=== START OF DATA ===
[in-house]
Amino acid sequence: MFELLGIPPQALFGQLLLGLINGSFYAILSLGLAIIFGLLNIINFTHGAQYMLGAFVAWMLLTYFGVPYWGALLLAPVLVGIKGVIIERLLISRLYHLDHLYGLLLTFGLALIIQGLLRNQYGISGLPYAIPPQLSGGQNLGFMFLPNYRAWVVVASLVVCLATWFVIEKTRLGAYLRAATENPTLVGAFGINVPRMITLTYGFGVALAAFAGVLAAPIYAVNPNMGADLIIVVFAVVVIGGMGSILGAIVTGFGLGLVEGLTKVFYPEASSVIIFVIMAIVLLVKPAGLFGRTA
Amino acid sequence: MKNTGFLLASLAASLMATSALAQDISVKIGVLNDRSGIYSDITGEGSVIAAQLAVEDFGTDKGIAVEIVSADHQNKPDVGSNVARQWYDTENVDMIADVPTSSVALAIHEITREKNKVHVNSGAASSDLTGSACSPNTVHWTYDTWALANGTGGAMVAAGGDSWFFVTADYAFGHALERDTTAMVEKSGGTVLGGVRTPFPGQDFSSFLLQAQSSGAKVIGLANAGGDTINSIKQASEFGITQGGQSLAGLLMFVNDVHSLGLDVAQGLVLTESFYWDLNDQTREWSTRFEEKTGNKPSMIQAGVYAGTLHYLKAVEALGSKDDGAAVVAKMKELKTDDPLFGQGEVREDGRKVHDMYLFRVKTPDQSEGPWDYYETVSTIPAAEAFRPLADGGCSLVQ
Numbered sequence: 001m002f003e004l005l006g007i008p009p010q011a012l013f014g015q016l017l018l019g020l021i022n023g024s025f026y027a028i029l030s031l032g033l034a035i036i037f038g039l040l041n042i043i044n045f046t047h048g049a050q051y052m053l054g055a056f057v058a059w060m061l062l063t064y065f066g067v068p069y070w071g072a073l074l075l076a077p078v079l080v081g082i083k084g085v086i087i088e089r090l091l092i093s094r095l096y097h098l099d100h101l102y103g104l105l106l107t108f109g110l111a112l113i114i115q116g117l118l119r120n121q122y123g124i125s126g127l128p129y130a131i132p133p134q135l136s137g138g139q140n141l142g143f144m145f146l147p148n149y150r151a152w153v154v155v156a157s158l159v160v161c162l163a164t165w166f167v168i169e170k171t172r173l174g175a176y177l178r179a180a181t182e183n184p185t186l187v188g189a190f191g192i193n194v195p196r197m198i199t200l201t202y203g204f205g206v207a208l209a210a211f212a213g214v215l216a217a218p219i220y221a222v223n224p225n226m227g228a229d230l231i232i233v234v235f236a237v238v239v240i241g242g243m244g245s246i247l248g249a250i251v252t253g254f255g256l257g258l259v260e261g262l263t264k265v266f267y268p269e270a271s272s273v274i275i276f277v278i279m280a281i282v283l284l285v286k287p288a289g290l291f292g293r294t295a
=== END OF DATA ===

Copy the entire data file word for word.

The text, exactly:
[in-house]
Amino acid sequence: MFELLGIPPQALFGQLLLGLINGSFYAILSLGLAIIFGLLNIINFTHGAQYMLGAFVAWMLLTYFGVPYWGALLLAPVLVGIKGVIIERLLISRLYHLDHLYGLLLTFGLALIIQGLLRNQYGISGLPYAIPPQLSGGQNLGFMFLPNYRAWVVVASLVVCLATWFVIEKTRLGAYLRAATENPTLVGAFGINVPRMITLTYGFGVALAAFAGVLAAPIYAVNPNMGADLIIVVFAVVVIGGMGSILGAIVTGFGLGLVEGLTKVFYPEASSVIIFVIMAIVLLVKPAGLFGRTA
Amino acid sequence: MKNTGFLLASLAASLMATSALAQDISVKIGVLNDRSGIYSDITGEGSVIAAQLAVEDFGTDKGIAVEIVSADHQNKPDVGSNVARQWYDTENVDMIADVPTSSVALAIHEITREKNKVHVNSGAASSDLTGSACSPNTVHWTYDTWALANGTGGAMVAAGGDSWFFVTADYAFGHALERDTTAMVEKSGGTVLGGVRTPFPGQDFSSFLLQAQSSGAKVIGLANAGGDTINSIKQASEFGITQGGQSLAGLLMFVNDVHSLGLDVAQGLVLTESFYWDLNDQTREWSTRFEEKTGNKPSMIQAGVYAGTLHYLKAVEALGSKDDGAAVVAKMKELKTDDPLFGQGEVREDGRKVHDMYLFRVKTPDQSEGPWDYYETVSTIPAAEAFRPLADGGCSLVQ
Numbered sequence: 001m002f003e004l005l006g007i008p009p010q011a012l013f014g015q016l017l018l019g020l021i022n023g024s025f026y027a028i029l030s031l032g033l034a035i036i037f038g039l040l041n042i043i044n045f046t047h048g049a050q051y052m053l054g055a056f057v058a059w060m061l062l063t064y065f066g067v068p069y070w071g072a073l074l075l076a077p078v079l080v081g082i083k084g085v086i087i088e089r090l091l092i093s094r095l096y097h098l099d100h101l102y103g104l105l106l107t108f109g110l111a112l113i114i115q116g117l118l119r120n121q122y123g124i125s126g127l128p129y130a131i132p133p134q135l136s137g138g139q140n141l142g143f144m145f146l147p148n149y150r151a152w153v154v155v156a157s158l159v160v161c162l163a164t165w166f167v168i169e170k171t172r173l174g175a176y177l178r179a180a181t182e183n184p185t186l187v188g189a190f191g192i193n194v195p196r197m198i199t200l201t202y203g204f205g206v207a208l209a210a211f212a213g214v215l216a217a218p219i220y221a222v223n224p225n226m227g228a229d230l231i232i233v234v235f236a237v238v239v240i241g242g243m244g245s246i247l248g249a250i251v252t253g254f255g256l257g258l259v260e261g262l263t264k265v266f267y268p269e270a271s272s273v274i275i276f277v278i279m280a281i282v283l284l285v286k287p288a289g290l291f292g293r294t295a